Ashley Phykitt

Charlotte, N.C.

Two years ago, an article in Charlotte Magazine detailed a day in the life of former Catawba Riverkeeper David Merryman and his battles to keep the river clean from coal ash. When Ashley Phykitt, then a 10-year-old, read the article, she was so inspired that she just had to get involved.

Ashley met up with David, and the two sampled water from Mountain Island Lake, the source of Charlotte’s drinking water, which lies adjacent to the Riverbend Steam Station’s coal ash ponds. What they found in their water samples was toxicity in the coal ash discharge areas of Mountain Island Lake, suggesting that the toxic coal ash was seeping into the larger body of water.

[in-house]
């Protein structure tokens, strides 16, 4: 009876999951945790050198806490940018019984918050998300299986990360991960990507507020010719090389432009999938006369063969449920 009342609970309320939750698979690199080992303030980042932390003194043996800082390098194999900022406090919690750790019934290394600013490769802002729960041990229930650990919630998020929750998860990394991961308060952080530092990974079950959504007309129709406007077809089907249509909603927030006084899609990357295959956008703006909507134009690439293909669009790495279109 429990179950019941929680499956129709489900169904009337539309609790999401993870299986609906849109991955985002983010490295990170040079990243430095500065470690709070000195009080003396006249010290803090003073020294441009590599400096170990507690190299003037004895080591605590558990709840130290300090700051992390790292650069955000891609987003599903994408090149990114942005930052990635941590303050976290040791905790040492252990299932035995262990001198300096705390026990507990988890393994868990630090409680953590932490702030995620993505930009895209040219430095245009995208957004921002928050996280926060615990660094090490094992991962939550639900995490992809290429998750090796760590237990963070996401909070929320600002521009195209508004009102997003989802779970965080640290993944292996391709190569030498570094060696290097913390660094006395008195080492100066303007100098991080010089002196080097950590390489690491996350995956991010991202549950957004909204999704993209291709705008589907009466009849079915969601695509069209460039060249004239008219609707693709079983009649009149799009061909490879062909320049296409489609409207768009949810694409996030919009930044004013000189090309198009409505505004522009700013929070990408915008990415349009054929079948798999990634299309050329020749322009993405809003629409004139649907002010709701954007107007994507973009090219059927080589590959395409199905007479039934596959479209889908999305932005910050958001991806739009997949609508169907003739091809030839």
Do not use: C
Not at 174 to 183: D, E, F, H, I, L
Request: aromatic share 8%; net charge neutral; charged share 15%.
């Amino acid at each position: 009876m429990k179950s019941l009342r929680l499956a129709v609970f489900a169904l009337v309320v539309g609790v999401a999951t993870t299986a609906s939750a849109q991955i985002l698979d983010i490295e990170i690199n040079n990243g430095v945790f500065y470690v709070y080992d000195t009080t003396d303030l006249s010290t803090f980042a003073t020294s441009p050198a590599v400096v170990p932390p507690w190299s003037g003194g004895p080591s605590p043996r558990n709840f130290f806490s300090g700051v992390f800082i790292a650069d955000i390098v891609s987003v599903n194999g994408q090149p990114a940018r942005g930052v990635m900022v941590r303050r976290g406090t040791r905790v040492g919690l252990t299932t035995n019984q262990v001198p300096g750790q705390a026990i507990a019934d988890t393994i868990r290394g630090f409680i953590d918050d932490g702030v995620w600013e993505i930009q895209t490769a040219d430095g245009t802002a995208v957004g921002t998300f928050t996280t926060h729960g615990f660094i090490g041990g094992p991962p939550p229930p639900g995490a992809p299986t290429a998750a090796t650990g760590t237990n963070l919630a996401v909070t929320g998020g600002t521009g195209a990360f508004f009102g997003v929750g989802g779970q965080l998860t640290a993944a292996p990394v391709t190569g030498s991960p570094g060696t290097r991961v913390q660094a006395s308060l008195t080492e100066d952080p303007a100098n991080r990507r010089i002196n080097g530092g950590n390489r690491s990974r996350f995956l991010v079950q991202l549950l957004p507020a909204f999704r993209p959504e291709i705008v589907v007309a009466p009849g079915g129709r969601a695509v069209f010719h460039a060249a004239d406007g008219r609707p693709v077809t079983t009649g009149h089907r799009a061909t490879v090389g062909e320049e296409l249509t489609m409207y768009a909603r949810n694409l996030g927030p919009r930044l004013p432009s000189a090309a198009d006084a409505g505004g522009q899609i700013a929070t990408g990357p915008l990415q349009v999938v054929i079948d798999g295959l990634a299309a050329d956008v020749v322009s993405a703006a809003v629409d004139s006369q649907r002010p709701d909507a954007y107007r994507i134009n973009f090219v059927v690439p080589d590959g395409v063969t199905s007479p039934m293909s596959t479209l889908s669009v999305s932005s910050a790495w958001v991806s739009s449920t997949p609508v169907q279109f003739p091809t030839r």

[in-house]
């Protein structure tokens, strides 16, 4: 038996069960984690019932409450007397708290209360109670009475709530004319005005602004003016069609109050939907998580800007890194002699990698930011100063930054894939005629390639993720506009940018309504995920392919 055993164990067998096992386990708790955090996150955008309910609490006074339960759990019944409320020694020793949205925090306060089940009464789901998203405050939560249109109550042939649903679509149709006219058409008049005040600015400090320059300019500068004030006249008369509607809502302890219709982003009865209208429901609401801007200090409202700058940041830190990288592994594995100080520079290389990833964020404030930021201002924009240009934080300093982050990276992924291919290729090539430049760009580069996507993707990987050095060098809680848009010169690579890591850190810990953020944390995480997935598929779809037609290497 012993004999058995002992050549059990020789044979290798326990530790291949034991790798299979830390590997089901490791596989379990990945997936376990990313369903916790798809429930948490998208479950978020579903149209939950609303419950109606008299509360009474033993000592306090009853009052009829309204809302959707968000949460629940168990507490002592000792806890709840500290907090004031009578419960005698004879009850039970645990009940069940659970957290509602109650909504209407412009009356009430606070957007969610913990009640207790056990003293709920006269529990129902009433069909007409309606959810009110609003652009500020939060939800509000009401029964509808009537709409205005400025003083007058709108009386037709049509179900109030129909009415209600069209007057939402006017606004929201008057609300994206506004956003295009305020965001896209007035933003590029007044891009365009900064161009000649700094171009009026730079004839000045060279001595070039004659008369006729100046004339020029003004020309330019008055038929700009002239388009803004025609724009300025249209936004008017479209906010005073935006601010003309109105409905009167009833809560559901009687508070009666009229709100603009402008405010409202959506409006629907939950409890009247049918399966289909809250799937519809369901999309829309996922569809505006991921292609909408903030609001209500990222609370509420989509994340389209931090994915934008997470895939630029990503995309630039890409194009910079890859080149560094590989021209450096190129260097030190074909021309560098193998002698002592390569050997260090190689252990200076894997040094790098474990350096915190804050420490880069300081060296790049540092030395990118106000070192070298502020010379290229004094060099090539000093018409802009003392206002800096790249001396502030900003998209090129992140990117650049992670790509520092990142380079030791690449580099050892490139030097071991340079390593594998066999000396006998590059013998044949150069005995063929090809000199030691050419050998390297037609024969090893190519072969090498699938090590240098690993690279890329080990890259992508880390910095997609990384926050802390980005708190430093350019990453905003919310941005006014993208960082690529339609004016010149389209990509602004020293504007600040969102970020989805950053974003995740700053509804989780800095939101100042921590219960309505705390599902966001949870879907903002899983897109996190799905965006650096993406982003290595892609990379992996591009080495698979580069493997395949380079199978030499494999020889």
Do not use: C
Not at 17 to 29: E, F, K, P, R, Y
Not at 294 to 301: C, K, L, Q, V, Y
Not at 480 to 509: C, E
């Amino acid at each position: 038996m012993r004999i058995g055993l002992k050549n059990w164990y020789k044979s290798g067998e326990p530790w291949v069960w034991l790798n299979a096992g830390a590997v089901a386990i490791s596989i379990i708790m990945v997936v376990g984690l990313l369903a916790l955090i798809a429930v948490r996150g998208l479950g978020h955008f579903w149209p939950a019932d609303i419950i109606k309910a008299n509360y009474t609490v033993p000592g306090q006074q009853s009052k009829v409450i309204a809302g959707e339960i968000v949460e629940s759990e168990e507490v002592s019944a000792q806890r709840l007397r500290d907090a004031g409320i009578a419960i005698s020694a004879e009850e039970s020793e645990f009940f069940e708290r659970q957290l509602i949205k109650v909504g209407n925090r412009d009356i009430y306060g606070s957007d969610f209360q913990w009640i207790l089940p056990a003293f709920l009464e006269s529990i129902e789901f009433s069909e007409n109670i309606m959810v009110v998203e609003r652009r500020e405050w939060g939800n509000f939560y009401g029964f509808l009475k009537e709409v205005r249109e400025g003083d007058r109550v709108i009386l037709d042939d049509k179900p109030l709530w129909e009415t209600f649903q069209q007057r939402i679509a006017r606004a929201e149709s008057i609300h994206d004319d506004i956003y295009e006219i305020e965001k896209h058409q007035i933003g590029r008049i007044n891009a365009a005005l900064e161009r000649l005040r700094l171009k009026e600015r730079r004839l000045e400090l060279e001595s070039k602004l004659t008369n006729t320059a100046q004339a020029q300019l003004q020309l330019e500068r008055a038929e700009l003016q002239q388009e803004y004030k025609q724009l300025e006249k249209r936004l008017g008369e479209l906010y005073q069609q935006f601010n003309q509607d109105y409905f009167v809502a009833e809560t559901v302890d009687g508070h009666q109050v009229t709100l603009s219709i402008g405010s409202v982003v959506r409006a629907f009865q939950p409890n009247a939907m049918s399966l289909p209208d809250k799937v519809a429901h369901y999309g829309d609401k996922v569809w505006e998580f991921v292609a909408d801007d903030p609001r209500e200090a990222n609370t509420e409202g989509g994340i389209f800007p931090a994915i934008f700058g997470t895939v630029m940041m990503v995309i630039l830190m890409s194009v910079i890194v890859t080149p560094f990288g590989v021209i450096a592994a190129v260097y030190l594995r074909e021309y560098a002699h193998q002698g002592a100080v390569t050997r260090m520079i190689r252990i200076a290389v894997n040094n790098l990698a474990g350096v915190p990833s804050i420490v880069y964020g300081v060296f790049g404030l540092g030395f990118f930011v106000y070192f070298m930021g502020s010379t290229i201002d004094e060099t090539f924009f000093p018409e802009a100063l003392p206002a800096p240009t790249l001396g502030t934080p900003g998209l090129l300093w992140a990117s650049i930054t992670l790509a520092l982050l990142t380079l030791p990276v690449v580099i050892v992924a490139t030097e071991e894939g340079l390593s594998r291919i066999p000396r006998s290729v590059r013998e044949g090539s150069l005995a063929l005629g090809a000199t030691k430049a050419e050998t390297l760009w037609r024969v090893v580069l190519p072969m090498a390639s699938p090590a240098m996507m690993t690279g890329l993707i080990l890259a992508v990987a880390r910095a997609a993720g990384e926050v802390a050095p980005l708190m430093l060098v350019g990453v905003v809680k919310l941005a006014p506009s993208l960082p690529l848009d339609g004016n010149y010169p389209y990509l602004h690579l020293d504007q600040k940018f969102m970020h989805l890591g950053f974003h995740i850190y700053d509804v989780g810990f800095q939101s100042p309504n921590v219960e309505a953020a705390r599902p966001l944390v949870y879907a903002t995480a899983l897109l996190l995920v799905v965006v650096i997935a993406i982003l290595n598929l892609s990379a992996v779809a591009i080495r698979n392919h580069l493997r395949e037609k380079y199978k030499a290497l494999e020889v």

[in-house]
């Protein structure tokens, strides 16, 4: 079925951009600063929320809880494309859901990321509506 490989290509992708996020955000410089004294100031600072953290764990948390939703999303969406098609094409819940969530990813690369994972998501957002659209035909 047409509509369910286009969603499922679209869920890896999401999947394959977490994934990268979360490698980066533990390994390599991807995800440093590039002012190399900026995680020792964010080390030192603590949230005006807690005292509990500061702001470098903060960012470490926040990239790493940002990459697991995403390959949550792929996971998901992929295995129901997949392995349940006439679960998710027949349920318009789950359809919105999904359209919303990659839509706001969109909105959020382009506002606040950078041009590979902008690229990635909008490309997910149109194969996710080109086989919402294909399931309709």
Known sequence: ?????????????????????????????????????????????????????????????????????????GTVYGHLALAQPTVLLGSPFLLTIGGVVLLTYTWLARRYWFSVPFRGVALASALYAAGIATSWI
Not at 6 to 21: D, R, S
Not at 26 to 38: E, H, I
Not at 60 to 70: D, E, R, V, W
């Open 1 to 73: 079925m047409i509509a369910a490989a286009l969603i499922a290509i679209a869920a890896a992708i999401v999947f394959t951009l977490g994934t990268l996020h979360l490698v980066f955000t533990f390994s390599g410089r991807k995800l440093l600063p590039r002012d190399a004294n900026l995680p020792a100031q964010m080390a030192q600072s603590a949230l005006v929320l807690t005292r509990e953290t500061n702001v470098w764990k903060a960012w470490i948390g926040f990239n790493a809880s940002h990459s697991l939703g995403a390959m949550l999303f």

Ashley, now 12 years old, presented her findings and won a “Special North Carolina American Waterworks Prize” from the North Carolina Science Engineering Fair in 2011. This past April, she traveled with Earthjustice and Physicians for Social Responsibility to Washington D.C., to present her findings to policymakers. She says that her time there was “pretty fun,” and that the policymakers were also “pretty serious.”

She suggests, from the findings in her project, that people should reduce the amount of electricity they use and find alternative means of energy besides coal. She is considering testing Lake Norman and Lake Wiley for water toxicity as well. Needless to say, for a seventh-grader, Ashley is well on her way to being a serious keeper of the waters. — By Matt Grimley

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